Category Archives: “Economic Greenfield”

Economic Impact Of Policies

On May 18 The Wall Street Journal had an article on a new lead-paint law titled “New Lead-Paint Law Heavy on Budgets.”

This law serves as a good example of an important issue I wrote of in my May 2009 article “America’s Economic Future – ‘Greenfield’ or ‘Brownfield’?”

In that article I wrote of the need for policies to be thoroughly assessed with regard to overall economic impact, compared with whatever “societal good” the policy purports to accomplish.

A thorough discussion of the benefits and costs of this new lead-paint law would be exceedingly lengthy and complex.  However, I believe that this lead-paint law, if thoroughly analyzed from an “all things considered” standpoint – taking into account both “societal good” as well as economic impacts – would be found to be (far) suboptimal in many respects.  Of particular concern is that this is yet another law that disproportionately (negatively) impacts small businesses.

While one may dismiss this new law as one that is limited in nature and thus relatively insignificant, it is important to note that it is just one example among many in which inadequate overall analysis was conducted.   Cumulatively, these poorly analyzed policies are very significant in determining whether America’s economic future will be that of a “greenfield” or “brownfield.”

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Largest Employers

Crain’s recently came out with their list of the largest Chicago-area employers.  What I found notable was that the top 5 employers are various government entities (federal, state and local).

Of course, this situation is not unique to the Chicago area.  Many states have a large percentage of their total jobs as government jobs.

While many might be indifferent to this situation – assuming that a “job is a job” – from an overall economic standpoint it is troubling on various fronts.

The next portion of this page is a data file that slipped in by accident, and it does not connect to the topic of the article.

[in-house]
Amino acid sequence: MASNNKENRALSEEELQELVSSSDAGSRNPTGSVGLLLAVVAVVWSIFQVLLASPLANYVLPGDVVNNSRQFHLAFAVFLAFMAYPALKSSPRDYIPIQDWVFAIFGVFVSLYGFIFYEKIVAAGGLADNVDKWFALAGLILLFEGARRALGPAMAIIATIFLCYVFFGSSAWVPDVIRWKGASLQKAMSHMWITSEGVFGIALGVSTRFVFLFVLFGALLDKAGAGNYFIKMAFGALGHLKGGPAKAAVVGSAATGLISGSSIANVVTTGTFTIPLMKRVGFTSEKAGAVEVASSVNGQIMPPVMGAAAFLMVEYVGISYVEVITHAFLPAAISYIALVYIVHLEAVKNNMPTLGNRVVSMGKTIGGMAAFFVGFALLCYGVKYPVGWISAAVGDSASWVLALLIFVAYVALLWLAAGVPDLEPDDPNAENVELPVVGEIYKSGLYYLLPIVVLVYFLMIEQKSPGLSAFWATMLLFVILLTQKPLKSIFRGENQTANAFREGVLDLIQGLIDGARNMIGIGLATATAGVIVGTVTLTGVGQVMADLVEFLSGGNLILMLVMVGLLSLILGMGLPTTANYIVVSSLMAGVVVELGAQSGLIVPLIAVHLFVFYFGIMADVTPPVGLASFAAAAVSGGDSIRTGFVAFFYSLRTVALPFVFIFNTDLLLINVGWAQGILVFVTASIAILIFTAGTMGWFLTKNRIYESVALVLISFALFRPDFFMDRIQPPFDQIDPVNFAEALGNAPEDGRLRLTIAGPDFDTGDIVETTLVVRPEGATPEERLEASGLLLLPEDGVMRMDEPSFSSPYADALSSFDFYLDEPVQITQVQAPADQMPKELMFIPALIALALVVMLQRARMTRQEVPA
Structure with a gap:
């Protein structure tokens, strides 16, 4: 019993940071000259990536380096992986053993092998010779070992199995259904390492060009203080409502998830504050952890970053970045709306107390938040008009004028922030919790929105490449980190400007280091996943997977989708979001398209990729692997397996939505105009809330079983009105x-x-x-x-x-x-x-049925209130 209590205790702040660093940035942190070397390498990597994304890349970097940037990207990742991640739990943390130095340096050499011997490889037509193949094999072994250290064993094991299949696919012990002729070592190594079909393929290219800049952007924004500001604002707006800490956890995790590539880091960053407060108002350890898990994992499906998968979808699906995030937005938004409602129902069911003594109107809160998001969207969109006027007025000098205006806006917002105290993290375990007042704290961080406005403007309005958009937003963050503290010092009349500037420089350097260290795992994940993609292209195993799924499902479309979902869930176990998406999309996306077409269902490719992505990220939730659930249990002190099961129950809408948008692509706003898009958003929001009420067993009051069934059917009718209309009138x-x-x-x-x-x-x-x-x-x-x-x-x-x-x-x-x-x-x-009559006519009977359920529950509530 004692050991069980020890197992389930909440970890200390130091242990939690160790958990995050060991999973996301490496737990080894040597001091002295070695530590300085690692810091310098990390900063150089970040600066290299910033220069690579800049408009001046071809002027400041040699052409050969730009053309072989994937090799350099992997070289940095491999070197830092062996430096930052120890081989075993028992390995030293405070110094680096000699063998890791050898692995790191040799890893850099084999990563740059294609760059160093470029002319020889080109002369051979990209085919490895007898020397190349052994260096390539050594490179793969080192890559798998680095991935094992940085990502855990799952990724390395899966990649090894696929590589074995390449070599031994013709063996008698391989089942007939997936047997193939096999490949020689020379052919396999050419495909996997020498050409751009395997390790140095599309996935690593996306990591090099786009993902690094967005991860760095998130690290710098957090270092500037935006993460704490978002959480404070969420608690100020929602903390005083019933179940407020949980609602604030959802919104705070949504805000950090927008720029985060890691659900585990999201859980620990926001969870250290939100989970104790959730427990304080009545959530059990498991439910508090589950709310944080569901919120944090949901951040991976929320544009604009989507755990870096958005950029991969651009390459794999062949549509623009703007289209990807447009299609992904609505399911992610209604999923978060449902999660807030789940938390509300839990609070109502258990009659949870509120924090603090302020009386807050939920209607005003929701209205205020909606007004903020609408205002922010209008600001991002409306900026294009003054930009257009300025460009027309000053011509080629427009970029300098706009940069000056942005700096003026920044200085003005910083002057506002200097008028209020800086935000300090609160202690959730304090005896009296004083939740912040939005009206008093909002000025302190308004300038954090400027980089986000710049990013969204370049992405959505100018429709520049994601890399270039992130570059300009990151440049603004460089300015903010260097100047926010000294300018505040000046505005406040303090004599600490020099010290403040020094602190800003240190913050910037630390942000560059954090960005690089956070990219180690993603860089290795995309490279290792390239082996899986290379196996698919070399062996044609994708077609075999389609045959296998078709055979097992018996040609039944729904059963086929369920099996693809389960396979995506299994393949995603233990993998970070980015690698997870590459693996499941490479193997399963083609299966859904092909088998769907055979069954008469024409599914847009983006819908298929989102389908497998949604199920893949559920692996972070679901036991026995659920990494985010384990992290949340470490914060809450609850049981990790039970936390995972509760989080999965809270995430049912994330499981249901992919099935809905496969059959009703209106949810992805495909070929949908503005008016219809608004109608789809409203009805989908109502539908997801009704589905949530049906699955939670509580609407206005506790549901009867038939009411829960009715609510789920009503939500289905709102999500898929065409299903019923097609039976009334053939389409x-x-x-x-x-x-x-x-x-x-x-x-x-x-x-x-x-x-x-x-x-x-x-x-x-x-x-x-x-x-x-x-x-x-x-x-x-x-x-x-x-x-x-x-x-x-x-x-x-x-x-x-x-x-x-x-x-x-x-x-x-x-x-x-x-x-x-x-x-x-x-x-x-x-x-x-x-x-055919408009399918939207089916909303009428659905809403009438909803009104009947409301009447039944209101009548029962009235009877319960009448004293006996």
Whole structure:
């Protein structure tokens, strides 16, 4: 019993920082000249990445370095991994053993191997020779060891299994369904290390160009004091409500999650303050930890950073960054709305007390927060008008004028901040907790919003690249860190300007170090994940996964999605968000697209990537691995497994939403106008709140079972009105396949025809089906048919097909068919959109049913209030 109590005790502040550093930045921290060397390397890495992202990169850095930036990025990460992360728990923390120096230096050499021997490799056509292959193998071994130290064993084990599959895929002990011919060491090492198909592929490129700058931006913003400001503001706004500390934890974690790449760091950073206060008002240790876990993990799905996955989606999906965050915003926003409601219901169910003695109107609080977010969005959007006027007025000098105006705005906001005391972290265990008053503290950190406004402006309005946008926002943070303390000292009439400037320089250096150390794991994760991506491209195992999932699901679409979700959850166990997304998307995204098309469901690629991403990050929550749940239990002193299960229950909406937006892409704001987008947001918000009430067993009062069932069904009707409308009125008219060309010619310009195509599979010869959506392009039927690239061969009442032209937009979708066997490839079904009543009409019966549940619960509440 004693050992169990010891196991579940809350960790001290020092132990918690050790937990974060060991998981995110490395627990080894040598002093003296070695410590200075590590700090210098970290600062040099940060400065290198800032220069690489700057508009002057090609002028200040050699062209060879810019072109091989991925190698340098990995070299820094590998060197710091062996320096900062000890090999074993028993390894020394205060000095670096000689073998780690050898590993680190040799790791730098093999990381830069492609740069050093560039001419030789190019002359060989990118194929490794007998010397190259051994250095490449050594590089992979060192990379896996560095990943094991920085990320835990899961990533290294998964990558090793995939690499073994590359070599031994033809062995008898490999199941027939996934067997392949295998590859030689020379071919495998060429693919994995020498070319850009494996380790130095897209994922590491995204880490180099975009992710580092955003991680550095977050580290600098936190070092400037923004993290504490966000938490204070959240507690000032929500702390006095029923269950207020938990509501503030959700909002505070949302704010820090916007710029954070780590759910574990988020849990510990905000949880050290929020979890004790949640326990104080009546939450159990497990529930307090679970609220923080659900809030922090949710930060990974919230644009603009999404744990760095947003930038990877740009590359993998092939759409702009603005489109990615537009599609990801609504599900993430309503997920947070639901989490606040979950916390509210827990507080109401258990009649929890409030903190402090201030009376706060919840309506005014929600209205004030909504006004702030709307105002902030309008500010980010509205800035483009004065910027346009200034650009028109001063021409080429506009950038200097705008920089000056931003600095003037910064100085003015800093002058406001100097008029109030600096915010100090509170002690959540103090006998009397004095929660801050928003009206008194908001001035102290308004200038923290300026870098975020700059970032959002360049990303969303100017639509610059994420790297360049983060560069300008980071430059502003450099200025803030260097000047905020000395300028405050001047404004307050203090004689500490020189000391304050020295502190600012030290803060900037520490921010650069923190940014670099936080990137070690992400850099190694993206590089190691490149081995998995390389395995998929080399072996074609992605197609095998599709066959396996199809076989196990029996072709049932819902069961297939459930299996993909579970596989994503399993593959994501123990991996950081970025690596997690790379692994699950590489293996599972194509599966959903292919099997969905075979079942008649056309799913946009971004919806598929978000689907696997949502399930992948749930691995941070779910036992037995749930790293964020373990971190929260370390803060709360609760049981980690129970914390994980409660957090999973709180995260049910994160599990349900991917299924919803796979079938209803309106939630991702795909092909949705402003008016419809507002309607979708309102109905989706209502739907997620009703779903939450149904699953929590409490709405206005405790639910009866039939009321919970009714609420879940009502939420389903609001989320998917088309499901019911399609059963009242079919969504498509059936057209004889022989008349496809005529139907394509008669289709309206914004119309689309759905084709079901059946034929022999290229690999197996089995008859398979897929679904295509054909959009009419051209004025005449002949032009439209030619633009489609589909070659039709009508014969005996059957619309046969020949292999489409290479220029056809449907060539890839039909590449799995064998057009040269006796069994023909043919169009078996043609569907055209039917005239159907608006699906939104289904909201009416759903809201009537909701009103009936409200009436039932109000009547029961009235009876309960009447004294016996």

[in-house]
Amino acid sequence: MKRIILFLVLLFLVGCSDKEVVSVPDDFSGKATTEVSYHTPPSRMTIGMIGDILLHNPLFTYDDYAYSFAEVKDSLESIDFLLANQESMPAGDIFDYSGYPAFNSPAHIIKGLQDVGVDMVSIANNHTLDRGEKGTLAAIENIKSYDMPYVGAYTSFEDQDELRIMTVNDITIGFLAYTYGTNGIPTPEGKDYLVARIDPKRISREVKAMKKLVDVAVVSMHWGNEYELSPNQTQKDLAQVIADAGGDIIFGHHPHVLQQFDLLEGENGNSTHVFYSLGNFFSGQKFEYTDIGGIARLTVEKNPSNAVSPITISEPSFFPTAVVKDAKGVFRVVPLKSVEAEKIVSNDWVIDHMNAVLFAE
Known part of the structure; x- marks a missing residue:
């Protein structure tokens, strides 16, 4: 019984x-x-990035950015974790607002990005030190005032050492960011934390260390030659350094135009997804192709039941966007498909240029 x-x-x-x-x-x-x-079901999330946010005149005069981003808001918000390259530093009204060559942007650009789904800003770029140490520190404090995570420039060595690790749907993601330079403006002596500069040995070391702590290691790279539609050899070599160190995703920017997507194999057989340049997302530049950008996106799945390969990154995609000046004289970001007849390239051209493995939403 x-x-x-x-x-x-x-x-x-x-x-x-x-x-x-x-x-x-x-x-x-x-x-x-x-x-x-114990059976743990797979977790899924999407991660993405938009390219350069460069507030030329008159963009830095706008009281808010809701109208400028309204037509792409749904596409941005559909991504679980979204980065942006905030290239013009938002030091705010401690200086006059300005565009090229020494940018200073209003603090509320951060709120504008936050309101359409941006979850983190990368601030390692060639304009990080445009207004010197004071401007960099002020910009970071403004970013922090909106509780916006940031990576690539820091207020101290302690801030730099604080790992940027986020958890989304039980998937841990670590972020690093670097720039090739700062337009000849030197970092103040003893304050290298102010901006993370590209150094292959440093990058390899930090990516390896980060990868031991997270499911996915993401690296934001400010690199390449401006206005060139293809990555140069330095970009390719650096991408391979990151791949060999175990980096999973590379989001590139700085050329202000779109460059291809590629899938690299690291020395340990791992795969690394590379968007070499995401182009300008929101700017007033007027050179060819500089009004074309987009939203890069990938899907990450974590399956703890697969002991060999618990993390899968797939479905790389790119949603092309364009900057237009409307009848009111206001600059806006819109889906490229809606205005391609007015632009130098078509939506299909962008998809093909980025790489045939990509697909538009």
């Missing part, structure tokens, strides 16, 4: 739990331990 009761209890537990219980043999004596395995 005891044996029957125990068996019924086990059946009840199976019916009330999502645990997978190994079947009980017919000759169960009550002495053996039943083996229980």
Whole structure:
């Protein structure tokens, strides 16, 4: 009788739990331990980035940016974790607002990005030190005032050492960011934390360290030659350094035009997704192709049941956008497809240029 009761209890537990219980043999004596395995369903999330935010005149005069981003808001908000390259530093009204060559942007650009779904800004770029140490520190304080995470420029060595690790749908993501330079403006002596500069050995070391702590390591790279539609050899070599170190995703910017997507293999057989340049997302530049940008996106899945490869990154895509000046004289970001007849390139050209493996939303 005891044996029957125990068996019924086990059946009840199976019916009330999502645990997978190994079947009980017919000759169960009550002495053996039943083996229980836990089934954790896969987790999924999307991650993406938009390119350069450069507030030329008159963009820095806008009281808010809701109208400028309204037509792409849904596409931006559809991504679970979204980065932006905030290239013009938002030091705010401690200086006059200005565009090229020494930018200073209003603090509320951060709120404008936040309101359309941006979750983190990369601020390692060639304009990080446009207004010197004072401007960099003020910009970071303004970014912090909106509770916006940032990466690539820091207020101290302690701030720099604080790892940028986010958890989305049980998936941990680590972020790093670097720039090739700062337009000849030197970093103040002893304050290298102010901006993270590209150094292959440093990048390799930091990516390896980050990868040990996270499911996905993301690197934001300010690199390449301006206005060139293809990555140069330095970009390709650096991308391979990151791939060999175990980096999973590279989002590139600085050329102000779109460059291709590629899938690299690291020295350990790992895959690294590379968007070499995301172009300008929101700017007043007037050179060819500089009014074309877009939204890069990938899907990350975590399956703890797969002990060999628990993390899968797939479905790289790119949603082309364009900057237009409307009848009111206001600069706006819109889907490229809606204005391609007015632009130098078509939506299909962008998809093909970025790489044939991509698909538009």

One such front that deserves special attention is that which I discuss in the “America’s Economic Future: ‘Greenfield’ or ‘Brownfield’?” article.

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America’s Economic Future

As a follow-up to yesterday’s post, here is a passage from Larry Summers’ March 13, 2009 speech that speaks of the importance of economic strength in achieving broader societal goals:

“Our single most important priority is bringing about economic recovery and ensuring that the next economic expansion, unlike it’s predecessors, is fundamentally sound and not driven by financial excess.
This is essential. Without robust and sustained economic expansion, we will not achieve any other national goal. We will not be able to project strength globally or reduce poverty locally. We will not be able to expand access to higher education or affordable health care. We will not be able to raise incomes for middle class families or create opportunities for new small businesses to thrive.”


Our national goal to achieve a sustainable recovery (or what I frequently refer to as “Sustainable Prosperity”) has been and will continue to be a challenge, given various underlying fundamentals.

In order to achieve “Sustainable Prosperity” we will need to have a solid focus on planning our economic future and its dynamics.  Toward this end, I wrote an article in May of last year titled “America’s Economic Future – ‘Greenfield’ or ‘Brownfield’?” which can be found listed along the right-hand side of the home page.  That article, as well as others I have written, explores some of what I believe are pivotal issues that lack recognition with regard to our economic future.

All of my articles are also listed and summarized at this link: